I read the short story collection The Girl in the Flammable Skirt after graduate school and I knew immediately that a fresh and important literary voice had arrived on the scene. I was thrilled to be able to take a UCLA extension writing course with Aimee Bender not long after I read her book and she made an impression on me as a teacher–how to take chances and explore possibilities. Two of the stories in my forthcoming short story collection Interrogations started in Bender’s class. Hope you enjoy insights into her creative life.
Who has been a major influence on your writing?
How to pick one? Today I will pick William Maxwell, because I’ve taught his beautiful novel So Long, See You Tomorrow many times and every time it reminds me something crucial about plot/absence of plot and how big feelings can revolve around tiny moments.
Can you give us insight into your creative process?
Blocks of time, stopping at a predetermined time even if it’s going well, no windows to look out of, no internet, no coffee shop, perhaps a yogurt.
How has being a teacher affected your own writing?
It supplies structure in my day and the pleasure of talking to smart students about writing which validates my own investment in this strange and wonderful and difficult thing a group of us do! Teaching is social, which provides a useful foil for the solitude of writing. The two acts are so different.
What is the best advice you can give to a writer finding her/his voice and subject matter?
Tangents are useful. Staying on point is not the point, especially in early drafts. Wander, explore, make messes.
How does writing short fiction and novels impact the other genre?
My stories are often longer now that I’ve written novels. Novels have helped train me in scene writing. Stories help with sentences, though sentences are pretty key to novels too. Both are hard and fun in different ways.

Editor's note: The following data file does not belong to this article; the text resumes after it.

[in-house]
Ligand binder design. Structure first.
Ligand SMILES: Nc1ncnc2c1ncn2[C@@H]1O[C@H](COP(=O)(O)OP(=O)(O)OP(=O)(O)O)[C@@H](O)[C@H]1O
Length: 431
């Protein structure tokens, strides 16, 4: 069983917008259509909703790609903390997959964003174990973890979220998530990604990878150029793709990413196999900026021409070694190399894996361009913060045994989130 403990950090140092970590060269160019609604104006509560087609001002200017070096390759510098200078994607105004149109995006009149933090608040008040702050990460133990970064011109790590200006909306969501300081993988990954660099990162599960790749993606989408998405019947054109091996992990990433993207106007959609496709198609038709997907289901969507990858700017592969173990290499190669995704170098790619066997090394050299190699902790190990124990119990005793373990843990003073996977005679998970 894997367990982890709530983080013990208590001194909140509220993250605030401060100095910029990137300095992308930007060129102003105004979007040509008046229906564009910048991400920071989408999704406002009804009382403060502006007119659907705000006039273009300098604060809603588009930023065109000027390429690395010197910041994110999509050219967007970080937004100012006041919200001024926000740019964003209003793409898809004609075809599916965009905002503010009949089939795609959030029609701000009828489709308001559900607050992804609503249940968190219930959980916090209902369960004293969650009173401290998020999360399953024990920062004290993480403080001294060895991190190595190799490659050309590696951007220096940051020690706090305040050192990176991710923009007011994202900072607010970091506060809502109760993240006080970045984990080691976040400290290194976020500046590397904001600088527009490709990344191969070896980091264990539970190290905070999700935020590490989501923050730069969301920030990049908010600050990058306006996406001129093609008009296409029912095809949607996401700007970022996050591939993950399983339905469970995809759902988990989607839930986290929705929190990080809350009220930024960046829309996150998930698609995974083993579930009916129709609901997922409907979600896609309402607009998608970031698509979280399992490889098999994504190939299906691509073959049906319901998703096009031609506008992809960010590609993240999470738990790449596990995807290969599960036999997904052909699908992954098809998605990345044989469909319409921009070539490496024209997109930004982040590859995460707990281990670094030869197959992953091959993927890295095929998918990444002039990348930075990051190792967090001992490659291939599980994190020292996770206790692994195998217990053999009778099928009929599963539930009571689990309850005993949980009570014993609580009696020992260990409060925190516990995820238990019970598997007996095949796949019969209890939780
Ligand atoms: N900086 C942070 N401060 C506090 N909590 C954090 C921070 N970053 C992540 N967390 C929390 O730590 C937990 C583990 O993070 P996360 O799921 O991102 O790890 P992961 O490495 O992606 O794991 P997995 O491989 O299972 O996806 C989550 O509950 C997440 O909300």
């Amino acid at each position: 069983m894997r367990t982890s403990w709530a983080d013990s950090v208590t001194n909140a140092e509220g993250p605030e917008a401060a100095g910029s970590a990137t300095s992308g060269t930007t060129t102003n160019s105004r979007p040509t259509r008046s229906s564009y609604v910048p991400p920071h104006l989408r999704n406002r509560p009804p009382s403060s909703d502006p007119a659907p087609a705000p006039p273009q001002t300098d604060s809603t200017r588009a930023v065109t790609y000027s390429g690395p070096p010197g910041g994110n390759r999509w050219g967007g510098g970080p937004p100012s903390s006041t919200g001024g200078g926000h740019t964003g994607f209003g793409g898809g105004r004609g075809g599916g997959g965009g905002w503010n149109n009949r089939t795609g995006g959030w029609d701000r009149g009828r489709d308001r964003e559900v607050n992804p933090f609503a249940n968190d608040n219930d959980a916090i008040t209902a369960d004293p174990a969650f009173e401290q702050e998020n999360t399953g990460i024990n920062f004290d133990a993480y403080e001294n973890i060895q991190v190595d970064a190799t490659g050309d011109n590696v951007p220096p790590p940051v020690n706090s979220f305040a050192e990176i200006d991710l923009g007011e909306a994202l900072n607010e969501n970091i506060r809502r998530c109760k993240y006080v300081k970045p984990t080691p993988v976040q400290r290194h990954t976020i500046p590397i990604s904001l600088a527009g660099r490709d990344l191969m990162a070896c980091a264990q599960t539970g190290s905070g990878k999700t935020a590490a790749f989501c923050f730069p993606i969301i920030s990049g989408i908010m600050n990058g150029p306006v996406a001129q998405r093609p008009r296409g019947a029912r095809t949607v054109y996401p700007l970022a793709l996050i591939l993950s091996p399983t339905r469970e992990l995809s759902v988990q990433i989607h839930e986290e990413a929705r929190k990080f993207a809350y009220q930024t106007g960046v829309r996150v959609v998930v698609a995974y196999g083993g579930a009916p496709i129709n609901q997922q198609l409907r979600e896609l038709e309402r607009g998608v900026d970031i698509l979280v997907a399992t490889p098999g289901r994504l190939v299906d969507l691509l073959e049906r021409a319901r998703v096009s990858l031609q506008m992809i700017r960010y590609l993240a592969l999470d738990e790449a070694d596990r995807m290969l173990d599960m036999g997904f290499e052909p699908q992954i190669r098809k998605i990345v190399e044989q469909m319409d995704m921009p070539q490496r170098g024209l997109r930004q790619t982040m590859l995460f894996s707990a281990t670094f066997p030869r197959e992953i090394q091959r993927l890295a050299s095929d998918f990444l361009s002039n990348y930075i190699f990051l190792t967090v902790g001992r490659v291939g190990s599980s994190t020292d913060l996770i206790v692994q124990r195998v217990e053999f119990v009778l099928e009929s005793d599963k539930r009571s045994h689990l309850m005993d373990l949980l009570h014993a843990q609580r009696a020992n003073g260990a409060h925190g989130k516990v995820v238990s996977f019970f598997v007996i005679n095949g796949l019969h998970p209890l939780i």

What are you currently working on?
Finding a novel.
Have you read anything recently that really got you excited?
So much! The first of the Knausgaard series was fantastic, Dept. of Speculation by Jenny Offill, and Silence Once Began by Jesse Ball both thrilled me, and I just read the David Shields’ conversation book I Think You’re Totally Wrong and found that pretty fun and stimulating to read, too.
Can you share an example of overcoming adversity to keep your writing dream alive?
All the piles of rejections from journals and magazines I gathered over years. It was a trudge and I felt discouraged a lot. An agent said my stories were ‘little’ in a way that felt very defeating.
What is something about you that writers and readers may not know?
I can play the beginning part of “Wish You Were Here” by Pink Floyd on the guitar. The easy part.
About the Author:
Aimee Bender is the author of five books, including The Particular Sadness of Lemon Cake and most recently, The Color Master, a NY Times Notable book of 2013. Her short fiction has been published in Granta, Harper’s, The Paris Review, and more, as well as heard on “This American Life.” She lives in Los Angeles.